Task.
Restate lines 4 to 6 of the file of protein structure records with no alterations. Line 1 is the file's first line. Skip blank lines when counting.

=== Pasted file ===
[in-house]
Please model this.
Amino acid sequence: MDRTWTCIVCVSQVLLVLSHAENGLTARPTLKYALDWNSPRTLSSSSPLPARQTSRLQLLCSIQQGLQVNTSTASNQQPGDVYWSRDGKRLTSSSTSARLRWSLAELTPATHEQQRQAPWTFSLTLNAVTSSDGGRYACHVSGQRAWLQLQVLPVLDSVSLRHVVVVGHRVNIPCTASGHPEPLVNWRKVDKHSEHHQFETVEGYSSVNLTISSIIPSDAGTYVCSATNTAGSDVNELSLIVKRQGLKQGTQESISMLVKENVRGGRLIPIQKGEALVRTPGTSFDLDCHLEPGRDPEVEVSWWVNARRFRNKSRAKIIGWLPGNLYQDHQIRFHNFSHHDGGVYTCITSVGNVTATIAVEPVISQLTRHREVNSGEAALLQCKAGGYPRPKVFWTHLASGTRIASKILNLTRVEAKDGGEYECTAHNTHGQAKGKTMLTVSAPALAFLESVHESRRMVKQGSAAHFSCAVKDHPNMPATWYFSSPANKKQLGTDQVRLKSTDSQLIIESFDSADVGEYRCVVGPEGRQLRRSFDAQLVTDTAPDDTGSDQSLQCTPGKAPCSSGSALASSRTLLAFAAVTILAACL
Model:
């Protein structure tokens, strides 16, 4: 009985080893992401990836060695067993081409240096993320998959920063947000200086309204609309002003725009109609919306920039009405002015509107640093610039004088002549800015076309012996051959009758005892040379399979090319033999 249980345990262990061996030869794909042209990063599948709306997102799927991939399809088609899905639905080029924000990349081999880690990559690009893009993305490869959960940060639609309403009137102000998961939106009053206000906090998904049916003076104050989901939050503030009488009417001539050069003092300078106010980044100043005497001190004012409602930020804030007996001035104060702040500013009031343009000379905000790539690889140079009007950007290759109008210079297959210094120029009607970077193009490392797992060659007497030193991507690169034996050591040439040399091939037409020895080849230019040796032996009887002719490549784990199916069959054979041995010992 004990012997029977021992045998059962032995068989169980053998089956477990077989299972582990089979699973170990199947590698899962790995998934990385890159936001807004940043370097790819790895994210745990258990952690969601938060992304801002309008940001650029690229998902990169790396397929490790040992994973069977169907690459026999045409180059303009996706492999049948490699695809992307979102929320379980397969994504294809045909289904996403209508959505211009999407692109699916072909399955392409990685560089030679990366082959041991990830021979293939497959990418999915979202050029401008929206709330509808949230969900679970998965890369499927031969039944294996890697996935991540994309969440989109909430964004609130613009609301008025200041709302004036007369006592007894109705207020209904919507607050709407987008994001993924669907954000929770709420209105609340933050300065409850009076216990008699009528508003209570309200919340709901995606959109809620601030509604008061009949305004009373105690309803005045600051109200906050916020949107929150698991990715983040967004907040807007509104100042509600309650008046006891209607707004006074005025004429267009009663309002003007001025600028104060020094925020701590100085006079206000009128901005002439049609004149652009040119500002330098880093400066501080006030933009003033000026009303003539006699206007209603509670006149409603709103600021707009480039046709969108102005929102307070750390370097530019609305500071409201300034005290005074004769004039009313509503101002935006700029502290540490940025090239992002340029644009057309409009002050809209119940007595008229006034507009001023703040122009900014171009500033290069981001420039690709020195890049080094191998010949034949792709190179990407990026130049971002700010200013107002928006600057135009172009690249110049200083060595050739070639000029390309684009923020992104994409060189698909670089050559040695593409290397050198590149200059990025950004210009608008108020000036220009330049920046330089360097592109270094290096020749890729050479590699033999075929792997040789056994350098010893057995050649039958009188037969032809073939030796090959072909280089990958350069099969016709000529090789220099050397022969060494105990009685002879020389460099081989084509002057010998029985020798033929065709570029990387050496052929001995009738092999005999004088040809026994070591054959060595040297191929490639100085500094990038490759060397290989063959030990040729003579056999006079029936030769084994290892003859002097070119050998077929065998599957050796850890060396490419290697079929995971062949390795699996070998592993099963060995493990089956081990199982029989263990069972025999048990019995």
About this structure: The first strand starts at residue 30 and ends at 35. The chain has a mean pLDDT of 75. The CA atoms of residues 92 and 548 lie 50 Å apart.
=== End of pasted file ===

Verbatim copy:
Model:
């Protein structure tokens, strides 16, 4: 009985080893992401990836060695067993081409240096993320998959920063947000200086309204609309002003725009109609919306920039009405002015509107640093610039004088002549800015076309012996051959009758005892040379399979090319033999 249980345990262990061996030869794909042209990063599948709306997102799927991939399809088609899905639905080029924000990349081999880690990559690009893009993305490869959960940060639609309403009137102000998961939106009053206000906090998904049916003076104050989901939050503030009488009417001539050069003092300078106010980044100043005497001190004012409602930020804030007996001035104060702040500013009031343009000379905000790539690889140079009007950007290759109008210079297959210094120029009607970077193009490392797992060659007497030193991507690169034996050591040439040399091939037409020895080849230019040796032996009887002719490549784990199916069959054979041995010992 004990012997029977021992045998059962032995068989169980053998089956477990077989299972582990089979699973170990199947590698899962790995998934990385890159936001807004940043370097790819790895994210745990258990952690969601938060992304801002309008940001650029690229998902990169790396397929490790040992994973069977169907690459026999045409180059303009996706492999049948490699695809992307979102929320379980397969994504294809045909289904996403209508959505211009999407692109699916072909399955392409990685560089030679990366082959041991990830021979293939497959990418999915979202050029401008929206709330509808949230969900679970998965890369499927031969039944294996890697996935991540994309969440989109909430964004609130613009609301008025200041709302004036007369006592007894109705207020209904919507607050709407987008994001993924669907954000929770709420209105609340933050300065409850009076216990008699009528508003209570309200919340709901995606959109809620601030509604008061009949305004009373105690309803005045600051109200906050916020949107929150698991990715983040967004907040807007509104100042509600309650008046006891209607707004006074005025004429267009009663309002003007001025600028104060020094925020701590100085006079206000009128901005002439049609004149652009040119500002330098880093400066501080006030933009003033000026009303003539006699206007209603509670006149409603709103600021707009480039046709969108102005929102307070750390370097530019609305500071409201300034005290005074004769004039009313509503101002935006700029502290540490940025090239992002340029644009057309409009002050809209119940007595008229006034507009001023703040122009900014171009500033290069981001420039690709020195890049080094191998010949034949792709190179990407990026130049971002700010200013107002928006600057135009172009690249110049200083060595050739070639000029390309684009923020992104994409060189698909670089050559040695593409290397050198590149200059990025950004210009608008108020000036220009330049920046330089360097592109270094290096020749890729050479590699033999075929792997040789056994350098010893057995050649039958009188037969032809073939030796090959072909280089990958350069099969016709000529090789220099050397022969060494105990009685002879020389460099081989084509002057010998029985020798033929065709570029990387050496052929001995009738092999005999004088040809026994070591054959060595040297191929490639100085500094990038490759060397290989063959030990040729003579056999006079029936030769084994290892003859002097070119050998077929065998599957050796850890060396490419290697079929995971062949390795699996070998592993099963060995493990089956081990199982029989263990069972025999048990019995």
About this structure: The first strand starts at residue 30 and ends at 35. The chain has a mean pLDDT of 75. The CA atoms of residues 92 and 548 lie 50 Å apart.